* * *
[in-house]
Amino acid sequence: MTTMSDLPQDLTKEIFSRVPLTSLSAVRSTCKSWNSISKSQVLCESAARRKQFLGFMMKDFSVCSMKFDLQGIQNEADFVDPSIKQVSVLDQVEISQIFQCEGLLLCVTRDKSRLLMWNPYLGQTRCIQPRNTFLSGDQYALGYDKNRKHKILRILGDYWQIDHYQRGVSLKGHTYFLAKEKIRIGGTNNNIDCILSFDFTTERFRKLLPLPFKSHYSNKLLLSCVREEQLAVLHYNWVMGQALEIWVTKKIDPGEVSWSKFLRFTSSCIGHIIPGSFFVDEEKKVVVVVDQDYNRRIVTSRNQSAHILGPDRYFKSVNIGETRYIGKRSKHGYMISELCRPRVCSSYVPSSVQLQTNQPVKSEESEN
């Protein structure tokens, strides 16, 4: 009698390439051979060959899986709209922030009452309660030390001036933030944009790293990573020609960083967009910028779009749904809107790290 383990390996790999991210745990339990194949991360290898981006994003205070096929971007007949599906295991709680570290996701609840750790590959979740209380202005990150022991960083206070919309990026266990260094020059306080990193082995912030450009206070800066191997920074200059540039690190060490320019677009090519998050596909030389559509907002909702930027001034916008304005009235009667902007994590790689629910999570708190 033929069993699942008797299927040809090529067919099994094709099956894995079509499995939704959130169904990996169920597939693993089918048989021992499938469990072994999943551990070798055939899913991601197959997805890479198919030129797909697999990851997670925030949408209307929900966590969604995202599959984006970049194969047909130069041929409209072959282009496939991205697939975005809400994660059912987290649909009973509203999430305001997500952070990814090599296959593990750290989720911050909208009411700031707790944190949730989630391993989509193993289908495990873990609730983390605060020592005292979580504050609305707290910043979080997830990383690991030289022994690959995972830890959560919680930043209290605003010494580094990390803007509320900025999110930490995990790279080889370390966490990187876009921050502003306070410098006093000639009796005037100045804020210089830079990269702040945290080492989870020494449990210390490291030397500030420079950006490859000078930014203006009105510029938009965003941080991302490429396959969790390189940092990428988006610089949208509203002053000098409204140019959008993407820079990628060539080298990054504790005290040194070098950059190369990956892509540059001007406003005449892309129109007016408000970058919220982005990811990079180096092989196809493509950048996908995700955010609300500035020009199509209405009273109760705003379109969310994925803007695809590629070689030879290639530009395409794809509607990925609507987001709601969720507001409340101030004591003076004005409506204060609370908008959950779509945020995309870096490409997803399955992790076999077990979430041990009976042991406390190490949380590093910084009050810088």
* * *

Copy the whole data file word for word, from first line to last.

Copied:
[in-house]
Amino acid sequence: MTTMSDLPQDLTKEIFSRVPLTSLSAVRSTCKSWNSISKSQVLCESAARRKQFLGFMMKDFSVCSMKFDLQGIQNEADFVDPSIKQVSVLDQVEISQIFQCEGLLLCVTRDKSRLLMWNPYLGQTRCIQPRNTFLSGDQYALGYDKNRKHKILRILGDYWQIDHYQRGVSLKGHTYFLAKEKIRIGGTNNNIDCILSFDFTTERFRKLLPLPFKSHYSNKLLLSCVREEQLAVLHYNWVMGQALEIWVTKKIDPGEVSWSKFLRFTSSCIGHIIPGSFFVDEEKKVVVVVDQDYNRRIVTSRNQSAHILGPDRYFKSVNIGETRYIGKRSKHGYMISELCRPRVCSSYVPSSVQLQTNQPVKSEESEN
């Protein structure tokens, strides 16, 4: 009698390439051979060959899986709209922030009452309660030390001036933030944009790293990573020609960083967009910028779009749904809107790290 383990390996790999991210745990339990194949991360290898981006994003205070096929971007007949599906295991709680570290996701609840750790590959979740209380202005990150022991960083206070919309990026266990260094020059306080990193082995912030450009206070800066191997920074200059540039690190060490320019677009090519998050596909030389559509907002909702930027001034916008304005009235009667902007994590790689629910999570708190 033929069993699942008797299927040809090529067919099994094709099956894995079509499995939704959130169904990996169920597939693993089918048989021992499938469990072994999943551990070798055939899913991601197959997805890479198919030129797909697999990851997670925030949408209307929900966590969604995202599959984006970049194969047909130069041929409209072959282009496939991205697939975005809400994660059912987290649909009973509203999430305001997500952070990814090599296959593990750290989720911050909208009411700031707790944190949730989630391993989509193993289908495990873990609730983390605060020592005292979580504050609305707290910043979080997830990383690991030289022994690959995972830890959560919680930043209290605003010494580094990390803007509320900025999110930490995990790279080889370390966490990187876009921050502003306070410098006093000639009796005037100045804020210089830079990269702040945290080492989870020494449990210390490291030397500030420079950006490859000078930014203006009105510029938009965003941080991302490429396959969790390189940092990428988006610089949208509203002053000098409204140019959008993407820079990628060539080298990054504790005290040194070098950059190369990956892509540059001007406003005449892309129109007016408000970058919220982005990811990079180096092989196809493509950048996908995700955010609300500035020009199509209405009273109760705003379109969310994925803007695809590629070689030879290639530009395409794809509607990925609507987001709601969720507001409340101030004591003076004005409506204060609370908008959950779509945020995309870096490409997803399955992790076999077990979430041990009976042991406390190490949380590093910084009050810088």